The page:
However, optical interconnects are able to transmit data over much longer distances without any loss in signal quality. This is because optical fibers are made of glass or plastic, which do not conduct electricity and are immune to electromagnetic interference (EMI) and radio frequency interference (RFI). This means that optical interconnects can transmit data over distances of several miles without the need for signal amplifiers or repeaters.
3. Reliability and durability
Another key benefit of optical interconnect technology is its reliability and durability. Optical fibers are made of glass or plastic, which are much more durable than traditional copper-based wires. They are also immune to EMI and RFI, which means that they are less likely to be affected by external factors such as weather or power surges. This makes optical interconnects ideal for harsh environments where traditional copper-based interconnects would not be able to function reliably.
4. Cost-effectiveness and energy efficiency
While optical interconnects may have a higher initial cost than traditional copper-based interconnects, they can be more cost-effective in the long term. This is because optical interconnects have a much longer lifespan than traditional copper-based interconnects.
They also have lower maintenance costs and power consumption. This is because an optical signal can travel longer distances without the need for amplification, which can be achieved by low transmission power. This yields significant savings over time. In fact, a study has proven that all-optical networks in data centers can result in up to 75% energy savings.
5. Modularity and upgradability
The disaggregation of modern data centers is another critical paradigm unfolding in front of our eyes. It has also been made possible due to the impetus provided by the seamless integration of optical interconnect technologies. Thanks to their modularity and ‘plug-and-play’ features, optical interconnect bundles can be flexibly plugged into the existing data network infrastructure without any compatibility issues. This paves the way for supporting 400G, 800G, and 1.6T Ethernet.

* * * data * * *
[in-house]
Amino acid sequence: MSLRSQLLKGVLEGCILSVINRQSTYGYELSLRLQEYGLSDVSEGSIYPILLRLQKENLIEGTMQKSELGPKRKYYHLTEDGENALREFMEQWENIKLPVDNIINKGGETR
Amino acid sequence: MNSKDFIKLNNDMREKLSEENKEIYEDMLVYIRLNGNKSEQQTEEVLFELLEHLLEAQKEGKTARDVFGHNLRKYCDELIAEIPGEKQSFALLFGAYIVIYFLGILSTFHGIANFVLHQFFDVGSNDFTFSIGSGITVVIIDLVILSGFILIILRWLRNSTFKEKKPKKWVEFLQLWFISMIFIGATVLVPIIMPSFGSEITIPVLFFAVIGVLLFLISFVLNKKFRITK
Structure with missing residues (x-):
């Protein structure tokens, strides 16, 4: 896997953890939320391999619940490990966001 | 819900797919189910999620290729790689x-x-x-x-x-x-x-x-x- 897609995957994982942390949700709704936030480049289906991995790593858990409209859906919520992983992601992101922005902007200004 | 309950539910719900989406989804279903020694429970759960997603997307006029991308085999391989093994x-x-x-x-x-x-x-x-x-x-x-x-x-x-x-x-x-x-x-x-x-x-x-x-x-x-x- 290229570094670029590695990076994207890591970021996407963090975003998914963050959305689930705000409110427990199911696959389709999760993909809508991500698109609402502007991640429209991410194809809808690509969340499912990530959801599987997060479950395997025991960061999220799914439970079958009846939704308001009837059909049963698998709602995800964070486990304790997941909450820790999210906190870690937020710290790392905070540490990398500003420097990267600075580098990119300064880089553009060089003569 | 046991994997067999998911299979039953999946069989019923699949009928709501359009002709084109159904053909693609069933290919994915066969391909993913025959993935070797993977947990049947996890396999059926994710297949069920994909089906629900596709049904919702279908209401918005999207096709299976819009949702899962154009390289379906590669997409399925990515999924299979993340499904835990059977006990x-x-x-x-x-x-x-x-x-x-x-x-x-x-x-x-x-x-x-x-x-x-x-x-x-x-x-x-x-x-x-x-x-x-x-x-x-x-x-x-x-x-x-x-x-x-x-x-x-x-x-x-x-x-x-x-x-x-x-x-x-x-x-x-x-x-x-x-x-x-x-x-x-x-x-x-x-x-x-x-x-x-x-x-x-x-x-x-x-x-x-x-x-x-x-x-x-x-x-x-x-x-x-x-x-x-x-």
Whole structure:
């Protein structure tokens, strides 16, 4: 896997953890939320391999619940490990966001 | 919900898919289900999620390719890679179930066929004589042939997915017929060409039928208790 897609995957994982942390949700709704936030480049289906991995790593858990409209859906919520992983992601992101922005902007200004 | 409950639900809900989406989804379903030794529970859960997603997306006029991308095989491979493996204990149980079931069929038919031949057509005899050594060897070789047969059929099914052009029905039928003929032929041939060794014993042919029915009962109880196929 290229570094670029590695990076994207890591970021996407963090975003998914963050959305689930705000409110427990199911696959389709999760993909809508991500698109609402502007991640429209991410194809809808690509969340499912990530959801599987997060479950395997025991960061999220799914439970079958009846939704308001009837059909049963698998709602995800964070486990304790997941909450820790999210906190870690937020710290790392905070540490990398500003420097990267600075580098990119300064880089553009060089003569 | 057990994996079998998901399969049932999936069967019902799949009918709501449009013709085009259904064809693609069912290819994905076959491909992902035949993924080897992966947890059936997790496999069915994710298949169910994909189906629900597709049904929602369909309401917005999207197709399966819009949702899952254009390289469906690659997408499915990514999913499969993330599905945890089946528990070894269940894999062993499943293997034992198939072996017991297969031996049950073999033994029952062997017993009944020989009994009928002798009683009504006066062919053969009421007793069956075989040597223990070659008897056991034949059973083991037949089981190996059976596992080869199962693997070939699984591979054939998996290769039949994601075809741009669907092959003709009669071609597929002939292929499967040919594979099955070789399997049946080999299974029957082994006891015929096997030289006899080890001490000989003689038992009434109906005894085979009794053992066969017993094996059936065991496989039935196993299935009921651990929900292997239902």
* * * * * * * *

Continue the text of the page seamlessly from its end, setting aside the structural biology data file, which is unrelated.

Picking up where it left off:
6. Reduced network overhead
Managing the burgeoning energy and power consumption requirements of data infrastructure means reducing the network overhead. This is where the smaller form factor and reduced weight of optical fiber interconnect comes in handy. By implementing optical interconnect, we can reduce heat dissipation and network wiring. Additionally, optical interconnect also facilitates the utilisation of flat architecture design, further reducing the network overhead.
Wrapping up: Where the future of optical interconnect lies
Optical interconnect technology is constantly evolving, and new developments are being made all the time. Not surprisingly, by 2025, the global optical interconnect market is projected to reach USD 17.1 billion by 2025 at a CAGR of 13.7%.
One area of particular interest is the potential for increased bandwidth. With the growth of internet usage and the increasing demand for data-intensive applications, the need for more bandwidth is greater than ever. This will be further exacerbated by the growing machine-to-machine traffic in the age of IoT.
Another area of future advantages of optical interconnect is the potential for new applications. For example, optical interconnect can be used in medical instruments to transmit high-resolution images, or in autonomous vehicles to transmit large amounts of data in real time. Already, optical interconnect technology is revamping shorter-reach communication at the chip and processor level via integrated photonics.
These are just a few examples of the many possibilities that optical interconnects offer. With companies like STL driving innovation in this field, we can expect to see even more developments in the future. Our broad portfolio of modular, plug-and-play, customizable, and highly compatible optical interconnect products is ready-made for scaling up fiber deployments in the US. Attuned to the specific needs of networks and service providers, STL’s optical interconnect suite across the exchange, OSP and distribution access makes the creation of fiber deep networks more flexible and agile than ever.